Creating Habitat for Native Pollinators
Glenn Skiles (working in conjunction with Hannah Benzing)
Description and Overview of Project:
Native pollinator species have been in decline in most regions of the world and it has raised concerns over what the potential ecological impact may be. It is estimated that 75% of plant species humans rely on require propagation by pollinators. Although honey bees are the most commonly know pollinator, they are not the most effective and can in fact spread disease to native populations when shipped in to pollinate large agricultural areas. Alternative pollinators include a variety of other insects in the hymenoptera family such as carpenter bees, sweat bees, and bumble bees. Butterflies and moths are also effective pollinators, as are beetles and even some ants. Unlike honeybees, most native bees are docile and because they do not live in large hives will not sting to defend their nests. Bumble bees do live in colonies underground that if disturbed might be defended, but this is a rare occurrence.
For my project I would like to combine restoring the stream bank of Delaware Run with native plants species and with them creating habitat for native pollinators. Habitat loss is thought to be one of the top causes of population declines of native pollinators in North America. By carefully choosing plants which are both attractive to visitors of the campus and native to this part of Ohio, a useful habitat for native species can be created. Because most pollinators do not travel great distances for food, even a small area of land planted with a diversity of native plants could be enough to be beneficial to local populations.
The primary needs required by native pollinators are a sources of food, water, and shelter. The native plants will be selected as those most attractive to pollinators (which incidentally tend to be brightly colored and attractive to guests as well). They will be native and adapted to our climate, therefore low maintenance. Delaware Run will provide water to the pollinators. Pollinator nest boxes can easily be built out of 2X4s for and even sand boxes (which could be nicely decorated). Pollinators will also take advantage of the preexisting trees and shrubs found along the Run. Potential problems will include mowing and the use of pesticides which could of course be deadly to the insects.
I recently narrowed down the direction of my project from just planting native species to actively trying to attract native pollinators and so I have not yet identified which plants will be the best to choose. It will be important to choose plants of a variety of colors and to have something in bloom for as much of the year as possible.
1. I will need to contact the appropriate faculty with the expertise in which plants and pollinators would be the best to select for and why. It will be important that the plants are attractive and low maintenance. I will also need to figure out who is in charge of giving permission to plant and clearing everything with Buildings and Grounds. Getting student groups involved such as the Horticulture Club and Environment and Wildlife Club will also be beneficial as it may add some sustainability to the project.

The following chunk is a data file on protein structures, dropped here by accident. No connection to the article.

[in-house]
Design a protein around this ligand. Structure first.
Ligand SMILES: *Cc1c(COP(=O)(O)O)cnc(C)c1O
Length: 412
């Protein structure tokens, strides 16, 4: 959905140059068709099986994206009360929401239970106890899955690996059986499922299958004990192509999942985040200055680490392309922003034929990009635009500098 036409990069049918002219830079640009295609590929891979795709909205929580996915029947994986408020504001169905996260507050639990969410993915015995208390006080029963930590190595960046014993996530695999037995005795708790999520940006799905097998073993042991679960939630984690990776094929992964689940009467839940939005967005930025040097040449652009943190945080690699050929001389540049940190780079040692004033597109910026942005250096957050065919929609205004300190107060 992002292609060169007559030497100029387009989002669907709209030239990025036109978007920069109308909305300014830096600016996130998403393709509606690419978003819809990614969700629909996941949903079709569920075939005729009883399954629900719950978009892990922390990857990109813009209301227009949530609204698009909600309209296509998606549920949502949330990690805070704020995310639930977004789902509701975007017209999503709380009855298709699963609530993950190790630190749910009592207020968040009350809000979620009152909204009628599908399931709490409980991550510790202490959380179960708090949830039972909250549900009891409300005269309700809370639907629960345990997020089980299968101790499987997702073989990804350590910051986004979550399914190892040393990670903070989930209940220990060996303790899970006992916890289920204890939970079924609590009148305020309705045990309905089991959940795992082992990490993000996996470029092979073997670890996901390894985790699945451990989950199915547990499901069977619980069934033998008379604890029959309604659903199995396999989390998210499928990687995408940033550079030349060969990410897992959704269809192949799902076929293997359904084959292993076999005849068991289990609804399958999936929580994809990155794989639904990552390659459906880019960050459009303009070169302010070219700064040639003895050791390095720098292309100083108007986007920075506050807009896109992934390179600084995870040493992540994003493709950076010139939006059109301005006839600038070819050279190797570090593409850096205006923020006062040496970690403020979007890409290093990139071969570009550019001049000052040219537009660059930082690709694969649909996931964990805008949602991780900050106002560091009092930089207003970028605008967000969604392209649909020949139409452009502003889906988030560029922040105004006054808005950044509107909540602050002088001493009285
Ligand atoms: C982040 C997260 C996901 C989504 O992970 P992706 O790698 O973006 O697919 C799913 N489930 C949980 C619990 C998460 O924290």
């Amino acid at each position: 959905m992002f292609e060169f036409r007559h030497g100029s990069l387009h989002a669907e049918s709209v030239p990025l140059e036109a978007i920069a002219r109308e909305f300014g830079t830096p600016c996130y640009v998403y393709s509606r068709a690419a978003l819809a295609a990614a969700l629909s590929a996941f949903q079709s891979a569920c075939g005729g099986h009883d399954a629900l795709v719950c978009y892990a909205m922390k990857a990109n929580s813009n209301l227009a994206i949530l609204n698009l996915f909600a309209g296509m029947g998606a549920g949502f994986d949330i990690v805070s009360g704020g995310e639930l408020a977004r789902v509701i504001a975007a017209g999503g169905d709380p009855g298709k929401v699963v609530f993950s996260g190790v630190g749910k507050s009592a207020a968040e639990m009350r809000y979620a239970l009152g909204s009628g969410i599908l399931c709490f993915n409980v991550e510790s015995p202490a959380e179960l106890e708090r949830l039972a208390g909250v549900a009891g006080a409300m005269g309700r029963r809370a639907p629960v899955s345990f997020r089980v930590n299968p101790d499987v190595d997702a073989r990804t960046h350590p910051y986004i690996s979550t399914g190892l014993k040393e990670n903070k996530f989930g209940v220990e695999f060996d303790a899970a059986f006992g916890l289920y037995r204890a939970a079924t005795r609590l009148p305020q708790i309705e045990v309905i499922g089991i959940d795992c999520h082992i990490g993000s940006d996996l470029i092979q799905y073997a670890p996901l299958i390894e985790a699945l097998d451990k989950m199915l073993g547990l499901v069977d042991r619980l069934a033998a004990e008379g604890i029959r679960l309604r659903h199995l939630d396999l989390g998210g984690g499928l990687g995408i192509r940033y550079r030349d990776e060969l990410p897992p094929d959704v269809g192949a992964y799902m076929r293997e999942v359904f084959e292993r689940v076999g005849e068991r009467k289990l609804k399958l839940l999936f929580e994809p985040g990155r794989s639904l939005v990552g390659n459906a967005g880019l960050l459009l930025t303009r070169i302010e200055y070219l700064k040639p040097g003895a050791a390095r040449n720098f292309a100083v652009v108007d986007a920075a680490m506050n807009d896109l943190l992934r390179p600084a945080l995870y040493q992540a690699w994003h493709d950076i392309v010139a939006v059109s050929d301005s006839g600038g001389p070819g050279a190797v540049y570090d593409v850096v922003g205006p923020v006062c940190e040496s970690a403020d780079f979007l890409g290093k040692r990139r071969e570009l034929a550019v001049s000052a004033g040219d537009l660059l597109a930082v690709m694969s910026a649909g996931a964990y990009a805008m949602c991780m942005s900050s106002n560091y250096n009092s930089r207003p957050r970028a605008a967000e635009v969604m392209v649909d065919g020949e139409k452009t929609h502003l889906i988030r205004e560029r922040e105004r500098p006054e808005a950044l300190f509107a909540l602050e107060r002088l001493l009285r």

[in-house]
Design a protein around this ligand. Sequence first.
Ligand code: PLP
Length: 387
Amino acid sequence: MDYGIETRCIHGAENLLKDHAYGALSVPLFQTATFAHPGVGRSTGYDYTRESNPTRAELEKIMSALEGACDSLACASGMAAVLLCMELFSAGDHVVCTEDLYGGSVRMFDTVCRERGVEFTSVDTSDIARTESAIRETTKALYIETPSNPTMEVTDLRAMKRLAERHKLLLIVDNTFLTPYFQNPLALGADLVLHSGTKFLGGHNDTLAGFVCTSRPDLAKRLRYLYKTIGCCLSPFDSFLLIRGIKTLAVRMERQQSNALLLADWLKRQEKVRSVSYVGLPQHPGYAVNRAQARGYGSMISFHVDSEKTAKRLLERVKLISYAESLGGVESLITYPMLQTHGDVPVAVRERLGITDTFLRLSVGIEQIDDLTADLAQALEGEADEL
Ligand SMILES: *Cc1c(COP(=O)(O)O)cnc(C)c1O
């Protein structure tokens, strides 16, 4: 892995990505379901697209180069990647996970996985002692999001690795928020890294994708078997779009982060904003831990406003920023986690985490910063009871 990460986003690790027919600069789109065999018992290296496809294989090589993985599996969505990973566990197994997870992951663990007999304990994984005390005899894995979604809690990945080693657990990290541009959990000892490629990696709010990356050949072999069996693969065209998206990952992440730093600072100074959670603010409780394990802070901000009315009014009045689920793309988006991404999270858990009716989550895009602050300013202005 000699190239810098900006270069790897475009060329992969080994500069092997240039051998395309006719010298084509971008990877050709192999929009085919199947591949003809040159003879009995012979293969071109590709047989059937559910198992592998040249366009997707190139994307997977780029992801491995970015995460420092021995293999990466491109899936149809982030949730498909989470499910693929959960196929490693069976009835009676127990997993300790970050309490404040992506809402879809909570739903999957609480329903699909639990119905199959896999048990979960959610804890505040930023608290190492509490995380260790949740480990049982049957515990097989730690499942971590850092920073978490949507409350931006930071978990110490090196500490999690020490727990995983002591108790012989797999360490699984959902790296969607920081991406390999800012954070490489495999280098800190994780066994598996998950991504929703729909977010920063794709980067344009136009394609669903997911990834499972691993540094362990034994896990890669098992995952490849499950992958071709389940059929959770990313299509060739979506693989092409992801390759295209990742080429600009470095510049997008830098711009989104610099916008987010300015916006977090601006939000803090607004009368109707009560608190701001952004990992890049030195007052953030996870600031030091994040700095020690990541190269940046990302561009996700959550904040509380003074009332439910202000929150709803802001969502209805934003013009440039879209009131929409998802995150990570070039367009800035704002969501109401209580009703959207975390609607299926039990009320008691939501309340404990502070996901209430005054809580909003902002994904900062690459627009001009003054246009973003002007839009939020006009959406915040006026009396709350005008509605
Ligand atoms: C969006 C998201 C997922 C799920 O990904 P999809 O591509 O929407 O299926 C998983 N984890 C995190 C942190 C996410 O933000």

2. Solidifying a plan as to how the area should be designed, what plants need to go were based on light and water needs, etc. Choosing the exact location(s) will also be important. It will be important to have a solid design down before submitting the project to any school or city officials for approval.
3. Finally, it will be important for the site to not only be beautiful, but also useful to academic departments or the greater Delaware community. Perhaps an event could be planned that would bring awareness to the site, its benefits, and how it can be replicated.
Ley, Elizabeth , Stephan Buchmann, Katherine Macguire, and Larry Stritch. “Eastern Broadleaf Forest Continental Province.” Selecting Plants for Pollinators. Pollinator Partnership and NAPPC, n.d. Web. 26 Sept. 2011..
Selecting plants for pollinators was an extremely useful PDF that divided up the country into diverse regions. It was a guide whose purpose was to give you the information necessary to choose which plants would be best suited for planting according to what you were looking to attract. It also gave information on a wide range of pollinators.
“Native Pollinators.” Fish and Wildlife Habitat Management Leaflet . Version 34. Wildlife Habitat Management Institute, n.d. Web. 26 Sept. 2011. <plants.usda.gov/pollinators/Native_Pollinators.pdf>.
This was another useful PDF that went more in-depth as to the habitat and shelter that should be created for each specific type of pollinator. It was aimed more at agricultural areas and as a guide to farmers looking to increase pollinators in their fields.
Barbara Wiehe – Greenhouse manager. Has interest in native plants and is knowledgable as to the best environment for them
Ramon Carreno – Professor of Zoology: etymology. A resource on the local pollinators that would be best to attract.